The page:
Through my work, which I equally generate through digital and traditional processes, I ask questions about relationships: line, surface, shape and dimensionality.
Through my work, which I equally generate through digital and traditional processes, I ask questions about relationships: line, surface, shape and dimensionality. I am interested in the plane as a spatial quality, in exploring space through the engagement of the hand, and in the narrative structure or ‘color’ when the concrete meets the indefinite. My starting point is often the quality of the plane, and the beauty of the incidental and the everyday. However, it is important to me to work through the slow process of looking, making and changing, instead of through an initially established concept. Looking needs processing for quite a while before I am able to engage my hand. Looking to me is like a peeling activity, in which I strip the gaze. During this process, I create drawings on paper responding to the actual space, in which they are created, until certain site-specific themes evolve. Those drawings, composed through looking indirectly rather than directly, referencing the environment seen, form a context of video and installation. The more openly my drawings laugh at me, the better they open up the context. My work attempts to address the charged gap between the dimensions and to unfold the beauty of its fragility. I conceive this gap as a kind of ‘active’ and flexible space that allows areas of contraction and expansion-compositionally as well as timewise. The installation is decentralized—it refers to the overall composition and the spaces in between the media, rather than to the individual elements and their meaning. I am interested in to what extent media can act as a drawing in space, and how the media interferes with one another to create a pulsing new ‘order.’ The concrete renders the indefinite and vice versa. Each media orders, examines and acts as a departure of one another. I am searching for the directness of things despite their silence, enabling a gaze for the unseeable.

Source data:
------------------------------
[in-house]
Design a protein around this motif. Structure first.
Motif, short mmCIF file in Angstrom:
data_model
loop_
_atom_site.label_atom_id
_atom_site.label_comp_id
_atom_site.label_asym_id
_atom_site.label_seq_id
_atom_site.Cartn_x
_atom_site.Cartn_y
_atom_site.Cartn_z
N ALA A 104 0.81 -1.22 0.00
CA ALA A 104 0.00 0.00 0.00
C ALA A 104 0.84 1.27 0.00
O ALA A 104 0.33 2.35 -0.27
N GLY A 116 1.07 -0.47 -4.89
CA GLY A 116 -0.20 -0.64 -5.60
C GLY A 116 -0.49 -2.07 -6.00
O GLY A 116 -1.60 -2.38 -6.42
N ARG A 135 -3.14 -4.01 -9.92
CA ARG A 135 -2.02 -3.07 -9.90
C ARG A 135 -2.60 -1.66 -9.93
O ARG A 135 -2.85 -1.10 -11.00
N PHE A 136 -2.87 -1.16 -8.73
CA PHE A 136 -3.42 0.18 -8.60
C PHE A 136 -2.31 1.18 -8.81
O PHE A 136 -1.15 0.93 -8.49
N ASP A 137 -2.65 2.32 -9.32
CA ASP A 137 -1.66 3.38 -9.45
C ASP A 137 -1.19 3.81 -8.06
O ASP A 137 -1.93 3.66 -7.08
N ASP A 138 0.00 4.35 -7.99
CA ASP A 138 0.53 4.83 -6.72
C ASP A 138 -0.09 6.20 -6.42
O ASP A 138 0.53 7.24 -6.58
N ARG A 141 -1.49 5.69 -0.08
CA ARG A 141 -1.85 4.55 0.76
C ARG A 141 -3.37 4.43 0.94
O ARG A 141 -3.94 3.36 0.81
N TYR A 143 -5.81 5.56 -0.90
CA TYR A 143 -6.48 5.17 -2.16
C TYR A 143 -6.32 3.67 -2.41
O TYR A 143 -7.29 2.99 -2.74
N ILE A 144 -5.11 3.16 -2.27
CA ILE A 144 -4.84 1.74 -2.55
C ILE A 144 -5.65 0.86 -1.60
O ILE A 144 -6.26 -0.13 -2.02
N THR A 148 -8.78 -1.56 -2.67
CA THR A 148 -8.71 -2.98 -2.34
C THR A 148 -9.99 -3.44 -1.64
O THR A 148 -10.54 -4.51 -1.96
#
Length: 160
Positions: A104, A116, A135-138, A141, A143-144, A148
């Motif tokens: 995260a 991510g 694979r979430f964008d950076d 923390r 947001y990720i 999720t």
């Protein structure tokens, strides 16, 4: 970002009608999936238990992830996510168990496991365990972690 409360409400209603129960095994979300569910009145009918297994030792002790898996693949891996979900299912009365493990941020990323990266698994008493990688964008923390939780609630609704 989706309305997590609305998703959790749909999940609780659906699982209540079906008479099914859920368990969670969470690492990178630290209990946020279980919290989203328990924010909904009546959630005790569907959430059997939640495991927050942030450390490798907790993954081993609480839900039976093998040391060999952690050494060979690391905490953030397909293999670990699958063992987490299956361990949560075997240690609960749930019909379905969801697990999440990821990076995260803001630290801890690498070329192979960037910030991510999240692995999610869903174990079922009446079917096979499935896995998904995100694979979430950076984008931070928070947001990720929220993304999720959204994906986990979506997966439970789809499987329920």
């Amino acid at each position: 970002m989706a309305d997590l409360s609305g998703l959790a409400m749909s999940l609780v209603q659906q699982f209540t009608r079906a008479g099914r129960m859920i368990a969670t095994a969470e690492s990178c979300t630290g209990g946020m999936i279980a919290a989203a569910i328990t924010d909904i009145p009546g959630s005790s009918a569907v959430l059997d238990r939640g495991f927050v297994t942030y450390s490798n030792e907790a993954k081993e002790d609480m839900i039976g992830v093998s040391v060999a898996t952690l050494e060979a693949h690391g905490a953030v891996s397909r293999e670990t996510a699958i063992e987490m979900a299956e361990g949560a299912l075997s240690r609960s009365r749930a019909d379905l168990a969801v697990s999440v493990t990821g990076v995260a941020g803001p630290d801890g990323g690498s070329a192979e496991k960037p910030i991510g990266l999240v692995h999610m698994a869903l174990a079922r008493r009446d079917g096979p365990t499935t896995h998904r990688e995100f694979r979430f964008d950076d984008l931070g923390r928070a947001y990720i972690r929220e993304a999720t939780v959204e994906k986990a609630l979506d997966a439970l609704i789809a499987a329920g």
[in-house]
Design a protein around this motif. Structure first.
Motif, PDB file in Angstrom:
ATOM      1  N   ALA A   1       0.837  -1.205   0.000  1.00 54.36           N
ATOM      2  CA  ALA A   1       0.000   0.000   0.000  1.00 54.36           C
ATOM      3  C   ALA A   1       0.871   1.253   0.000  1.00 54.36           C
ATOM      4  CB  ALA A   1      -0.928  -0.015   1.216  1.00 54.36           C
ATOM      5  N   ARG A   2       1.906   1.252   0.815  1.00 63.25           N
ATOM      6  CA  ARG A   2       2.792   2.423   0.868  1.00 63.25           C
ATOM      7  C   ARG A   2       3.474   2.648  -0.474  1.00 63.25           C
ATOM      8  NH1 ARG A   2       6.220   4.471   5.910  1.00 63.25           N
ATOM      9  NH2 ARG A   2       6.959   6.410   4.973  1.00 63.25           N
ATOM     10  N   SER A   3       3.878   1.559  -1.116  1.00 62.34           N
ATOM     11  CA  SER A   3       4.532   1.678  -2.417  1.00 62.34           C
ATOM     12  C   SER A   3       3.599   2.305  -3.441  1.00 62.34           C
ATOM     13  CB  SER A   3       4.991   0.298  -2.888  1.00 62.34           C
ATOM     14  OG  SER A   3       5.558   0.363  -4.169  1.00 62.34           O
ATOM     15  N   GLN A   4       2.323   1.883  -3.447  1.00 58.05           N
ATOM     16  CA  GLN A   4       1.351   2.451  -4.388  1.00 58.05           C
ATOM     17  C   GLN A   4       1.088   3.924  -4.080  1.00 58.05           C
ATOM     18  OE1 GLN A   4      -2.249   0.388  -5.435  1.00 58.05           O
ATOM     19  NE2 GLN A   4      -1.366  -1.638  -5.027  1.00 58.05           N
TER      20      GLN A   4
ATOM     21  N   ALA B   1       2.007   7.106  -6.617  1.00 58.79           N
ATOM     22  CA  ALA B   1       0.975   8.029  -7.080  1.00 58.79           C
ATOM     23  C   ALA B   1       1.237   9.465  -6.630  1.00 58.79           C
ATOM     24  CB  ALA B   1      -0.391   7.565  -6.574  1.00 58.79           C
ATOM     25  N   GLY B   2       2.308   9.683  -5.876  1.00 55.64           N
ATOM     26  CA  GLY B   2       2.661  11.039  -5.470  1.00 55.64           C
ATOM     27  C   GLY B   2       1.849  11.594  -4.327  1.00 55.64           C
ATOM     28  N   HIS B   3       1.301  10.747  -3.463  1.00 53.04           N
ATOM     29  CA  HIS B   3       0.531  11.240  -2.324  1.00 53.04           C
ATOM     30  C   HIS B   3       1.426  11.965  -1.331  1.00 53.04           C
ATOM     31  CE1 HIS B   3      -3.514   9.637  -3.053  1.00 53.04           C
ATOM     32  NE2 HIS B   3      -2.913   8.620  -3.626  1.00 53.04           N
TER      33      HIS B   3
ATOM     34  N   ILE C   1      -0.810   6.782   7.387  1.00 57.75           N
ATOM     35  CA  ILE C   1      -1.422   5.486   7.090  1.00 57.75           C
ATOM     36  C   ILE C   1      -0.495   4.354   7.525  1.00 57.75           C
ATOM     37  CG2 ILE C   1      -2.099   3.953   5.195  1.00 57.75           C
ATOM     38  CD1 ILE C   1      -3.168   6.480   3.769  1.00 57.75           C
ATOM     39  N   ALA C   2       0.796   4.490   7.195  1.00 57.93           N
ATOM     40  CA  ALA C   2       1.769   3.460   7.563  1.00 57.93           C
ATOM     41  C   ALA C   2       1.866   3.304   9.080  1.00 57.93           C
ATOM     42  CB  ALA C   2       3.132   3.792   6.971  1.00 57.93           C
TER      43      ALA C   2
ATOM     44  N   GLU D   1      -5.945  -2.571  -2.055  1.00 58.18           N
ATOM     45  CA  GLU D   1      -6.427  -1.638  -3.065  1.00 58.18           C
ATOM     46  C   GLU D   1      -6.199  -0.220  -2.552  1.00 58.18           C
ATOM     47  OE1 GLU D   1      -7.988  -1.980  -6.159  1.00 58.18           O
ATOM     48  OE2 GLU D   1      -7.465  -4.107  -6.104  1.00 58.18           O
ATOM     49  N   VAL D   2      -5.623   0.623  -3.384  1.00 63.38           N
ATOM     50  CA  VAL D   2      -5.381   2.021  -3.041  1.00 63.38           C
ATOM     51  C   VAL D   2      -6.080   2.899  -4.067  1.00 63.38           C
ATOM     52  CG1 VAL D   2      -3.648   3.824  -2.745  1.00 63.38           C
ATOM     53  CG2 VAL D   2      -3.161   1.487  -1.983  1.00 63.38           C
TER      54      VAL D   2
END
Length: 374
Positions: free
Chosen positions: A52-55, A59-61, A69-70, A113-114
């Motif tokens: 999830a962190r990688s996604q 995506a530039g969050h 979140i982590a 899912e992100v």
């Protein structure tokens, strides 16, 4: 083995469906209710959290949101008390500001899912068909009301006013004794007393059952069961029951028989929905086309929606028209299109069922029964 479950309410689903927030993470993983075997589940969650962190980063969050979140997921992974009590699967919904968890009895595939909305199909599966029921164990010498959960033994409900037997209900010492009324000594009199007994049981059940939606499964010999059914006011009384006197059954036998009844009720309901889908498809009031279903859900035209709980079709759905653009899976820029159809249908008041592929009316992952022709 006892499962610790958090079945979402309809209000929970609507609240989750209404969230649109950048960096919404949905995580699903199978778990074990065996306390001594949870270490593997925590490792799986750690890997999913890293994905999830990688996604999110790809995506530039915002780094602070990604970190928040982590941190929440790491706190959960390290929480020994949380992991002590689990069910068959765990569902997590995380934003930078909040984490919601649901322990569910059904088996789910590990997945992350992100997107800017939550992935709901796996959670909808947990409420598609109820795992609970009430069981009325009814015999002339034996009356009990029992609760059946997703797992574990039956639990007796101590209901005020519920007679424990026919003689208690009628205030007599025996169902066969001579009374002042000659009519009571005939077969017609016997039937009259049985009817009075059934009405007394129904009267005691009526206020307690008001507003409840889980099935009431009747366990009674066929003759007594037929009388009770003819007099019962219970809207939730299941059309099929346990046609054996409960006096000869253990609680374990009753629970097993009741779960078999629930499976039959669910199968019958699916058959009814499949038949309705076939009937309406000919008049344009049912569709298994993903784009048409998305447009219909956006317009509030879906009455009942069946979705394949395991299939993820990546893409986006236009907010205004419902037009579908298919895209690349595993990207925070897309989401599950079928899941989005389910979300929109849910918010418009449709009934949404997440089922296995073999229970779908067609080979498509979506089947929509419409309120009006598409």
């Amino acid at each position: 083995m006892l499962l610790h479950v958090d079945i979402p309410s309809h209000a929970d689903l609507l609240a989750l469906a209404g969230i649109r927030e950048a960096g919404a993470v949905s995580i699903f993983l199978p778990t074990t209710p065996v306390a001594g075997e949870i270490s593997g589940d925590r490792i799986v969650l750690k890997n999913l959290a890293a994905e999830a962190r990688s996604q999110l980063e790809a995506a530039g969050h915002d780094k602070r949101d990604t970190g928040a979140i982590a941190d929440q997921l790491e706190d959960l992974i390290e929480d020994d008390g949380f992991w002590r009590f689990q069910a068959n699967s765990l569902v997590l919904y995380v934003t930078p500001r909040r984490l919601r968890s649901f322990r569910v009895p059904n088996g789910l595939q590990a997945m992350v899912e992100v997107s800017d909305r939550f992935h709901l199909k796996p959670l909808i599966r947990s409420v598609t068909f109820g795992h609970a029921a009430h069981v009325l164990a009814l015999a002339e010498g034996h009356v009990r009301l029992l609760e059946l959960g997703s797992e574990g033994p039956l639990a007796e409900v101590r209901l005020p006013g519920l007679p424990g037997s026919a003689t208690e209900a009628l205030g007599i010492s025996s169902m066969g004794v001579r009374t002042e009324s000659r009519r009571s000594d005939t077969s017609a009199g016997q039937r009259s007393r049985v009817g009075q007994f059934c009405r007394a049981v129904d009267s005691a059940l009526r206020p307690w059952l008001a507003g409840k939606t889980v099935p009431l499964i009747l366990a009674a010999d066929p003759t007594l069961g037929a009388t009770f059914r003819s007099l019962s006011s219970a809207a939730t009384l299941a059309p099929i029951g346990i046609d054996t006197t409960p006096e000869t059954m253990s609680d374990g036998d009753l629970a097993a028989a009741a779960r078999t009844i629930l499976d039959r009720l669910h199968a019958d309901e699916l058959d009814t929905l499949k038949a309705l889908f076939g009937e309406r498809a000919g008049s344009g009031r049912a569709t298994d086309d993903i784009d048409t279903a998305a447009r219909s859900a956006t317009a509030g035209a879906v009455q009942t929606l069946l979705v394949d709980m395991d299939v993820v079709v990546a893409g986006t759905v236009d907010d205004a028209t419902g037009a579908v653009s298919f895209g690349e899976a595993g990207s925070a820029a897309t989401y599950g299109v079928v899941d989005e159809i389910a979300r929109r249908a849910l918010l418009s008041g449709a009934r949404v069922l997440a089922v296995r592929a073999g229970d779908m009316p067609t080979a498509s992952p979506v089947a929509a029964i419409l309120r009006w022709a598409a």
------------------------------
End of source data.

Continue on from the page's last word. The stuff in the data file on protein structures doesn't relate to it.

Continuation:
Natascha Ampunant received her MA in Studio Art/Electronic Media fron the University of Missouri, Kansas City. She received her undergraduate degree in Communication Design from the University of Applied Science in Krefeld, Germany and also studied at the University of Dundee, Scotland. She has won numerous prizes for her quiet, lyrical videos. Ampunant creates installations using video as a major component to engage the viewer in an active relationship with her work and the space in which it is shown.